17 thoughts on “Calcagni’s Memoirs. Carlo, Night Owl, Comes Back Home Late. Night Scenes (12)

  1. Mothers who stay up till all hours praying! Do you suppose that it does as much good when I stay up till all hours worrying?

    One constant: nobody sleeps.

    Leaving comments on blogspot befuddles me still. Working on it. I don’t want to be left out.

    Like

    1. Jenny, on Blogspot you have to be patient and click several times when the comment comes up again until you get some characters to reproduce and a notice that your comment has beeen published. That would be about 4 clicks. Annoying, yes, but you are not then left out.

      Like

    2. @Jenny

      Paul has replied as for Blogspot.

      Worrying can be painful for the mother and maybe useless. But at least you care. If you do, kids feel it. Some parents just don’t care, or not enough. Much worse.

      You will not be left out Jenny.

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    1. Great sculpture. I was introduced at 18 to Dali by Mariza, the Calif woman who taught me to speak English.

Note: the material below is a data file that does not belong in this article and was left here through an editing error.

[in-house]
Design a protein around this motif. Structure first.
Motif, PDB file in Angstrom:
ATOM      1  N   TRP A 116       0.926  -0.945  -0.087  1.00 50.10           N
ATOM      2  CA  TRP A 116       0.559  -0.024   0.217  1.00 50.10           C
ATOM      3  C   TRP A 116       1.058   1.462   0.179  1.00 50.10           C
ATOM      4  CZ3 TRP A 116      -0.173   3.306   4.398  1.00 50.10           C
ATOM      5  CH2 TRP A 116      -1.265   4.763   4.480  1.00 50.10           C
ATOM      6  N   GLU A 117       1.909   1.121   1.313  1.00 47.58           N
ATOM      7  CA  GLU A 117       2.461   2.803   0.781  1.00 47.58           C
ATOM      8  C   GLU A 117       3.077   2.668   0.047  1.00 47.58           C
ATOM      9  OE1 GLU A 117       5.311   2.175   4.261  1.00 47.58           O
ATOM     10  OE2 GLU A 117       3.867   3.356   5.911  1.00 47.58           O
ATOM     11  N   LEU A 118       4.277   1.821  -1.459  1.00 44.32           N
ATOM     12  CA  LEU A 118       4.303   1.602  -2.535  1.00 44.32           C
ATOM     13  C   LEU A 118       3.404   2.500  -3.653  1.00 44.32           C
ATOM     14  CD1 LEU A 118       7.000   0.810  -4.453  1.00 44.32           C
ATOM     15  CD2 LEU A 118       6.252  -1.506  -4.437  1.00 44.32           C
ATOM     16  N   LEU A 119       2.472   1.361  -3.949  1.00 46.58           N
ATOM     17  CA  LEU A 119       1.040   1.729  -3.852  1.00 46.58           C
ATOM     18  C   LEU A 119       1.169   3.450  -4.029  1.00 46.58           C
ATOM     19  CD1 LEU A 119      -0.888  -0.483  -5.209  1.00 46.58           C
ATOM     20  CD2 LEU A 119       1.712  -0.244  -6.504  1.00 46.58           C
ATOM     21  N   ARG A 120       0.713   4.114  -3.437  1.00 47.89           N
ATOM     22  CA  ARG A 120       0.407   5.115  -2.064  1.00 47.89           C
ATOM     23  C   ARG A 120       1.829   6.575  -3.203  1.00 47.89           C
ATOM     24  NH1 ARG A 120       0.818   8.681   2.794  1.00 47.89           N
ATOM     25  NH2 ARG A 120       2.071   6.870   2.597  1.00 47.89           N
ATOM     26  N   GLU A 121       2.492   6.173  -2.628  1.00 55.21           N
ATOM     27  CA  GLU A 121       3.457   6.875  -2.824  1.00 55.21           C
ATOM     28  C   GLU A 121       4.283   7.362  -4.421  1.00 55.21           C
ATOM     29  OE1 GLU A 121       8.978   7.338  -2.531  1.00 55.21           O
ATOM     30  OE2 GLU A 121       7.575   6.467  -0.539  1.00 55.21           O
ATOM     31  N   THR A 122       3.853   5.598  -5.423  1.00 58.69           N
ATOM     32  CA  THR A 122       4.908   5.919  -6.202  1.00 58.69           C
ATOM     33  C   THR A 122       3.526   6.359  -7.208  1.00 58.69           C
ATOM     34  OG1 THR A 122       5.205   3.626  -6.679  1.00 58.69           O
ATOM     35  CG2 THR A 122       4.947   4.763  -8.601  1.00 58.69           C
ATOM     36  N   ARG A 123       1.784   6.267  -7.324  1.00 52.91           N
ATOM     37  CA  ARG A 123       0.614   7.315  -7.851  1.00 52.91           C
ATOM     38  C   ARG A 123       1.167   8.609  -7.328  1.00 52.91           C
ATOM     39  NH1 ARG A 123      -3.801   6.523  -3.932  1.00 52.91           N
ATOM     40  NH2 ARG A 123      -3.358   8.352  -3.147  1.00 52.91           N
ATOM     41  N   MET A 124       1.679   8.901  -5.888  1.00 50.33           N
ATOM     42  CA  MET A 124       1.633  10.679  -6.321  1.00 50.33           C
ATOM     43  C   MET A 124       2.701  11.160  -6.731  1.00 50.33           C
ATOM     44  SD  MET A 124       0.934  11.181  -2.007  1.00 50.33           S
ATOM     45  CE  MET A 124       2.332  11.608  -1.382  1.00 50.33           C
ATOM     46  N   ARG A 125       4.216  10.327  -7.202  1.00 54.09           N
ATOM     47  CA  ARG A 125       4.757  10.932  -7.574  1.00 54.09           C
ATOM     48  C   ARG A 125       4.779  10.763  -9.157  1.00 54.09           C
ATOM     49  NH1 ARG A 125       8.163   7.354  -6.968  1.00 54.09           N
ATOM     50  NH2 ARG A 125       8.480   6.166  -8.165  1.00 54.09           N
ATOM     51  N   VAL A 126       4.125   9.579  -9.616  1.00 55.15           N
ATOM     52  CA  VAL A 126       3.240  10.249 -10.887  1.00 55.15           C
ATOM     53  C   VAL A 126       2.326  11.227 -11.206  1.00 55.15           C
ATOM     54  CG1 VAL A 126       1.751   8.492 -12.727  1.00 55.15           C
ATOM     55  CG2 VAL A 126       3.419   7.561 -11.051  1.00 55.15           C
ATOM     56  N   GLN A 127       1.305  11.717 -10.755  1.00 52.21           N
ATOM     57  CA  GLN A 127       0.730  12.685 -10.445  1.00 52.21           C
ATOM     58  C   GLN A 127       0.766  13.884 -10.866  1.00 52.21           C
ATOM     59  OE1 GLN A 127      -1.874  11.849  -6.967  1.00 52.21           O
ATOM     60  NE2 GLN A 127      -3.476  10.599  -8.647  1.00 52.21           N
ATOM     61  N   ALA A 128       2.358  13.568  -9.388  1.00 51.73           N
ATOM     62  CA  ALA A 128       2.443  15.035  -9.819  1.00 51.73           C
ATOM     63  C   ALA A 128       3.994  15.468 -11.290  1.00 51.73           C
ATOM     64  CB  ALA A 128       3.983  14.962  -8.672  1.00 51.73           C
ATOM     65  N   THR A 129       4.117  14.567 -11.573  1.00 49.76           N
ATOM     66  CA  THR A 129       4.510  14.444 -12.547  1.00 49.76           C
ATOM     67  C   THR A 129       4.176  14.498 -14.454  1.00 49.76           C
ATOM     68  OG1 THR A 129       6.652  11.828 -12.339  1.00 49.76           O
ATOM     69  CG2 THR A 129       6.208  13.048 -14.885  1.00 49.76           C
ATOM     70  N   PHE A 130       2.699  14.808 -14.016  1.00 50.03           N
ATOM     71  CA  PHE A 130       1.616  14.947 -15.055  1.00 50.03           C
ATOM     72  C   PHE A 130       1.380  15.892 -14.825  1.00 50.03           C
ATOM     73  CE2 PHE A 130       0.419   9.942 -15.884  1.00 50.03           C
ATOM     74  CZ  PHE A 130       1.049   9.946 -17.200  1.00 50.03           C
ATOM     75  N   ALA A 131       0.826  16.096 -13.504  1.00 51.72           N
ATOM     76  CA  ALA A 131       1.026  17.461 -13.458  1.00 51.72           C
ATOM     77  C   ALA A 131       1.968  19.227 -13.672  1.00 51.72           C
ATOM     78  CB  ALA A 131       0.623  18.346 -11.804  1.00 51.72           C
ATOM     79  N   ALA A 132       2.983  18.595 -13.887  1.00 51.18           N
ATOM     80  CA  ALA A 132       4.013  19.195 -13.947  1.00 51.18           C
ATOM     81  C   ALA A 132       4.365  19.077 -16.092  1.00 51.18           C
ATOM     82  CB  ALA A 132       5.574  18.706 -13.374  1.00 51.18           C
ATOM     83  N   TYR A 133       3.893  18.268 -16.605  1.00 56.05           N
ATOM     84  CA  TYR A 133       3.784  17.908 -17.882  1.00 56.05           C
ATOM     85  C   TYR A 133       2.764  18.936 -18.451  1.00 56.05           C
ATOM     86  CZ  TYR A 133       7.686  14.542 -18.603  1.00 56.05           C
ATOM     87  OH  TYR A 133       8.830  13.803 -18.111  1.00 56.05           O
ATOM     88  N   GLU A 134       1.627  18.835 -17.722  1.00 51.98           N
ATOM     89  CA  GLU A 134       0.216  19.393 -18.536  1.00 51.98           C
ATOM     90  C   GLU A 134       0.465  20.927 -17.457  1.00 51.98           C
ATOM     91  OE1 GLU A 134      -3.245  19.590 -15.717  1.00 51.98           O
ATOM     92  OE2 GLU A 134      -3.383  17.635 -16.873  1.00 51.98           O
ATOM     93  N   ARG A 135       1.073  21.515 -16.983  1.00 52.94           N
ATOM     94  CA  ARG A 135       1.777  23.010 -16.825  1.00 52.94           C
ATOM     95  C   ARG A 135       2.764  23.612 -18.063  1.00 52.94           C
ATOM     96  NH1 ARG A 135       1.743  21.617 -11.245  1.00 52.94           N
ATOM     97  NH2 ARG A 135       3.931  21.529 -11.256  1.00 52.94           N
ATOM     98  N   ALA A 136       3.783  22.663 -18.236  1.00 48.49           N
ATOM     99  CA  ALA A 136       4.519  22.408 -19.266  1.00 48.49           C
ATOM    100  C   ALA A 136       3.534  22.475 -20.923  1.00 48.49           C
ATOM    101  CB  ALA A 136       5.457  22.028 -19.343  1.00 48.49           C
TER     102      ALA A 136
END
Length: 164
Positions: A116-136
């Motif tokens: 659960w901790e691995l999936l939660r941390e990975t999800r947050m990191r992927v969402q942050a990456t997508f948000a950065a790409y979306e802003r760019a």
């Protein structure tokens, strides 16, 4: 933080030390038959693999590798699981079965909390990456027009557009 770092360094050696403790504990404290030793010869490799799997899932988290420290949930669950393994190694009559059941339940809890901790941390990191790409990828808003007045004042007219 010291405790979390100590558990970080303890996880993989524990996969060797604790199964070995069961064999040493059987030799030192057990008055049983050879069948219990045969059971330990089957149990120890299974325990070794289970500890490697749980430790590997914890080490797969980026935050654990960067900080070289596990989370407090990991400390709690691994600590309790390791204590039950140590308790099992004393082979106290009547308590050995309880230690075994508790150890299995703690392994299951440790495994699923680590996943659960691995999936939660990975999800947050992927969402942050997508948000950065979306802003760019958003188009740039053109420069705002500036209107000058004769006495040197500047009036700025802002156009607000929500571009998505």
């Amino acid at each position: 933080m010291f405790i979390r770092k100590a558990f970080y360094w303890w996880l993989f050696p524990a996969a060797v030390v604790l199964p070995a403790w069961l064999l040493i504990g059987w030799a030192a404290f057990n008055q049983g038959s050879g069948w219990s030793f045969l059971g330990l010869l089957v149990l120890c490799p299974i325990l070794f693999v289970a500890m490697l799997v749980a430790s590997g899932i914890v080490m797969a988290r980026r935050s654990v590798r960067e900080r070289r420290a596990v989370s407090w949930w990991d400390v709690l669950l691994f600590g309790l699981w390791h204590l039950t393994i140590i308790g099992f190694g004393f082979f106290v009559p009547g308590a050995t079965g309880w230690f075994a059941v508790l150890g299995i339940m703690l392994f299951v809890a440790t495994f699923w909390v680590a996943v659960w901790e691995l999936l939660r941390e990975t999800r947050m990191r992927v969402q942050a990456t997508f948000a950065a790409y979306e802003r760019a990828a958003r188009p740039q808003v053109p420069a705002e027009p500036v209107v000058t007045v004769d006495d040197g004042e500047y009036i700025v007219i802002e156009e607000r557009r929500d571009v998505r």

It clearly suggests the Elephant with the obelisk on top in Rome’s Maria sopra Minerva. I well remember our discussion on it.

      Like

    1. @Sled
      @Paul

      … how anyone ever grows up sane

      Perhaps with fortune and virtue, as the ancients said. Id est (virtue) by striving to survive / adapt with all our qualities (talents, will etc.), mending / bypassing our flaws, creating our own opportunities; (fortune) the sheer luck element counting too though.

      As an example, the cards I was given were bad since I mostly lacked a mother and was always fighting against my father. The opportunities I missed are countless. But I survived sane until now being stubborn (mountain breed from my dad’s side).

      The future, at 62, I cannot predict. One needs a witch for that 🙂

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  2. Hi Man of Roma,
    This is a new perspective on the father and son relationship. I wonder why generous-hearted Nino would become so critical of his son? Is it possible Nino had become tempermental because he felt neglected?

    Nonetheless, going through someone’s private letters is a sure way to cause a rift. This may be true in any century.

    Thank you for the post. I like the lamplight.

    Like